The Salton Sea, a large, shallow saline lake in the desert of Southern California, was formed as it stands today when an irrigation canal carrying water from the Colorado River broke in 1905. By the 1960s the lake had become a vacation paradise filled with resorts and hotels, and at the time was referred to by some developers as “the American Riviera.”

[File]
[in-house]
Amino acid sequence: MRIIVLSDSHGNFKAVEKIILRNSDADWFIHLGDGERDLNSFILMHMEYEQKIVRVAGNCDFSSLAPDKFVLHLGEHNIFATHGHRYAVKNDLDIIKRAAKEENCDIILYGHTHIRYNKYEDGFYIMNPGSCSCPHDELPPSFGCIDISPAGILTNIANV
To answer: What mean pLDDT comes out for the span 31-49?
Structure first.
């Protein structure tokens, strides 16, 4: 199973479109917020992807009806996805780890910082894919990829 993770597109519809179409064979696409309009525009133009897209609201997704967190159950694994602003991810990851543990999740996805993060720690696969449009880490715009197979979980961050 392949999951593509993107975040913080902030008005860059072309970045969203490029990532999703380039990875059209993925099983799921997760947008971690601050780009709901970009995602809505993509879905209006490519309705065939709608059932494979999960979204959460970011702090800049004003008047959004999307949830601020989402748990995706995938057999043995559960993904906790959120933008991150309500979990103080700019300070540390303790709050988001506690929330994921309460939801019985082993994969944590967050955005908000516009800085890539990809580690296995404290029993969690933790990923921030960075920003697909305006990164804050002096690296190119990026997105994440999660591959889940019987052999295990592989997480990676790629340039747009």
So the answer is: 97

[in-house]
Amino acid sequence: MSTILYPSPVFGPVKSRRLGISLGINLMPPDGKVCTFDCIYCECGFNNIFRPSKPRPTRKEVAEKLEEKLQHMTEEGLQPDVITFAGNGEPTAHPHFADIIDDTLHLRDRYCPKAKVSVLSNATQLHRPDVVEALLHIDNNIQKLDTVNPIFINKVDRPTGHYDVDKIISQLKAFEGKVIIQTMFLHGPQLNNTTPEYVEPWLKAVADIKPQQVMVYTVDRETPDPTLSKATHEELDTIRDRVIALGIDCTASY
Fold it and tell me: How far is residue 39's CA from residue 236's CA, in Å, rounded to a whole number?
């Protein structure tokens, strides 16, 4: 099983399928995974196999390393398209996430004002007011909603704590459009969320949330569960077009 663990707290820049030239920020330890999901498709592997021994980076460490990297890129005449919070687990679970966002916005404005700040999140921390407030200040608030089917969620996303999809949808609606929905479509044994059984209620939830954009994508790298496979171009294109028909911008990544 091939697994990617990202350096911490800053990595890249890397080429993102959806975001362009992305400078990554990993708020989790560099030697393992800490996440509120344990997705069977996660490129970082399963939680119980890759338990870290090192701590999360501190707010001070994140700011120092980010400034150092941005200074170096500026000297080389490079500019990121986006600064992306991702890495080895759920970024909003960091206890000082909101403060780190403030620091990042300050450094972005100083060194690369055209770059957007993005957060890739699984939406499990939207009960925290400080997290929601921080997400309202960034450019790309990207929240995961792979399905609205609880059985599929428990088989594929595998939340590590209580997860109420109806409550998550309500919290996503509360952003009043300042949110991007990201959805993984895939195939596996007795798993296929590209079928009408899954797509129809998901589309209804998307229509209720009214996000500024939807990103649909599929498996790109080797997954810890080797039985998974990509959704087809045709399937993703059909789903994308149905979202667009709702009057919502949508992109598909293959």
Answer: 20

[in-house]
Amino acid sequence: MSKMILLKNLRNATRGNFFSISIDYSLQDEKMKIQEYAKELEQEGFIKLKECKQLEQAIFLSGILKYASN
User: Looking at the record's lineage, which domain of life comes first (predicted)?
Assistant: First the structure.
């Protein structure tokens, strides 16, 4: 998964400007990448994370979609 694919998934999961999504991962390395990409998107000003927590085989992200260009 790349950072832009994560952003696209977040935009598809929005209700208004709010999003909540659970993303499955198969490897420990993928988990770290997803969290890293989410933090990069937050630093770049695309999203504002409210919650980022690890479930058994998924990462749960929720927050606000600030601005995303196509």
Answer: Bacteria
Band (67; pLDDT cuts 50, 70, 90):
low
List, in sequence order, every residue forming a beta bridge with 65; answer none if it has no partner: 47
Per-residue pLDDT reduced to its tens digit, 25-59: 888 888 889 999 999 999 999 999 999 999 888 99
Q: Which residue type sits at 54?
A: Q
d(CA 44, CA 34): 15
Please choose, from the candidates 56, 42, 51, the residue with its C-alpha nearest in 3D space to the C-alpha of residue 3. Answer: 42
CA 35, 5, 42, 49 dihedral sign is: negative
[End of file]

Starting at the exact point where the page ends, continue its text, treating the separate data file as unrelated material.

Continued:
During the 1980s and 1990s the lake was home to one of the greatest sport fisheries in the world. However, because it has served as a drainage sump for over 100 years, the Sea has accumulated excessive nutrients and other chemical compounds, primarily in the form of hydrogen sulfide, ammonia and salt. The increasing nutrient and salinity levels are killing the Sea, as the water is becoming too salty for most life forms.